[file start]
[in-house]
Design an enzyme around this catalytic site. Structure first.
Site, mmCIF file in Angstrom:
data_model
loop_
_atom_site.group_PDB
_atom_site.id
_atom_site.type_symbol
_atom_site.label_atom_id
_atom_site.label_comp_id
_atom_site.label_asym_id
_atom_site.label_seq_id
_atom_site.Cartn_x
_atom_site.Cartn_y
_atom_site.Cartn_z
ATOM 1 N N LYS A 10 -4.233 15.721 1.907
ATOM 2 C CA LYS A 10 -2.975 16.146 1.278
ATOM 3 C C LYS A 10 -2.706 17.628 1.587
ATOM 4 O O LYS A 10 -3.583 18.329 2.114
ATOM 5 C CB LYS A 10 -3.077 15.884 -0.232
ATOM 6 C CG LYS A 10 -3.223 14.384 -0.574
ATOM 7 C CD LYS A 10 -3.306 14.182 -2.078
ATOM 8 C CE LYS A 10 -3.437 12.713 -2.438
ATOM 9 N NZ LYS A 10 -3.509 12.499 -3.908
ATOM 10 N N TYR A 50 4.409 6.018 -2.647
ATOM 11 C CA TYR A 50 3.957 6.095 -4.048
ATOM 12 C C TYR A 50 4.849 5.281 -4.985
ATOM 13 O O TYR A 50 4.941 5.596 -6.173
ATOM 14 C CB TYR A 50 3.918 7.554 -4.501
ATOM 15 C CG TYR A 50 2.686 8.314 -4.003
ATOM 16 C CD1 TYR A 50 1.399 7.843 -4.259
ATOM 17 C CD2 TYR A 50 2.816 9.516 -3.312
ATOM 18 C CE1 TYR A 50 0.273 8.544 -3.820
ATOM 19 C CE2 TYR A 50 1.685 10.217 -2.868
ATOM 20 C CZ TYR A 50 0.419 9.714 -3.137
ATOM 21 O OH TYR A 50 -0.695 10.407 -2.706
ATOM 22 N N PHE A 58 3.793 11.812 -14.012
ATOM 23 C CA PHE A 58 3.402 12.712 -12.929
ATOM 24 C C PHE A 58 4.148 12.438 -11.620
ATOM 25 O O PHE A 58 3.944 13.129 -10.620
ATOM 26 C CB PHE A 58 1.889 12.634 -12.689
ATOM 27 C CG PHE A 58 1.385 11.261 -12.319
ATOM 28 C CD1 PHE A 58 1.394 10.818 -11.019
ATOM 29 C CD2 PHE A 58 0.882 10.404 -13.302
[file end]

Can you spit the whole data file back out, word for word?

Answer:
[in-house]
Design an enzyme around this catalytic site. Structure first.
Site, mmCIF file in Angstrom:
data_model
loop_
_atom_site.group_PDB
_atom_site.id
_atom_site.type_symbol
_atom_site.label_atom_id
_atom_site.label_comp_id
_atom_site.label_asym_id
_atom_site.label_seq_id
_atom_site.Cartn_x
_atom_site.Cartn_y
_atom_site.Cartn_z
ATOM 1 N N LYS A 10 -4.233 15.721 1.907
ATOM 2 C CA LYS A 10 -2.975 16.146 1.278
ATOM 3 C C LYS A 10 -2.706 17.628 1.587
ATOM 4 O O LYS A 10 -3.583 18.329 2.114
ATOM 5 C CB LYS A 10 -3.077 15.884 -0.232
ATOM 6 C CG LYS A 10 -3.223 14.384 -0.574
ATOM 7 C CD LYS A 10 -3.306 14.182 -2.078
ATOM 8 C CE LYS A 10 -3.437 12.713 -2.438
ATOM 9 N NZ LYS A 10 -3.509 12.499 -3.908
ATOM 10 N N TYR A 50 4.409 6.018 -2.647
ATOM 11 C CA TYR A 50 3.957 6.095 -4.048
ATOM 12 C C TYR A 50 4.849 5.281 -4.985
ATOM 13 O O TYR A 50 4.941 5.596 -6.173
ATOM 14 C CB TYR A 50 3.918 7.554 -4.501
ATOM 15 C CG TYR A 50 2.686 8.314 -4.003
ATOM 16 C CD1 TYR A 50 1.399 7.843 -4.259
ATOM 17 C CD2 TYR A 50 2.816 9.516 -3.312
ATOM 18 C CE1 TYR A 50 0.273 8.544 -3.820
ATOM 19 C CE2 TYR A 50 1.685 10.217 -2.868
ATOM 20 C CZ TYR A 50 0.419 9.714 -3.137
ATOM 21 O OH TYR A 50 -0.695 10.407 -2.706
ATOM 22 N N PHE A 58 3.793 11.812 -14.012
ATOM 23 C CA PHE A 58 3.402 12.712 -12.929
ATOM 24 C C PHE A 58 4.148 12.438 -11.620
ATOM 25 O O PHE A 58 3.944 13.129 -10.620
ATOM 26 C CB PHE A 58 1.889 12.634 -12.689
ATOM 27 C CG PHE A 58 1.385 11.261 -12.319
ATOM 28 C CD1 PHE A 58 1.394 10.818 -11.019
ATOM 29 C CD2 PHE A 58 0.882 10.404 -13.302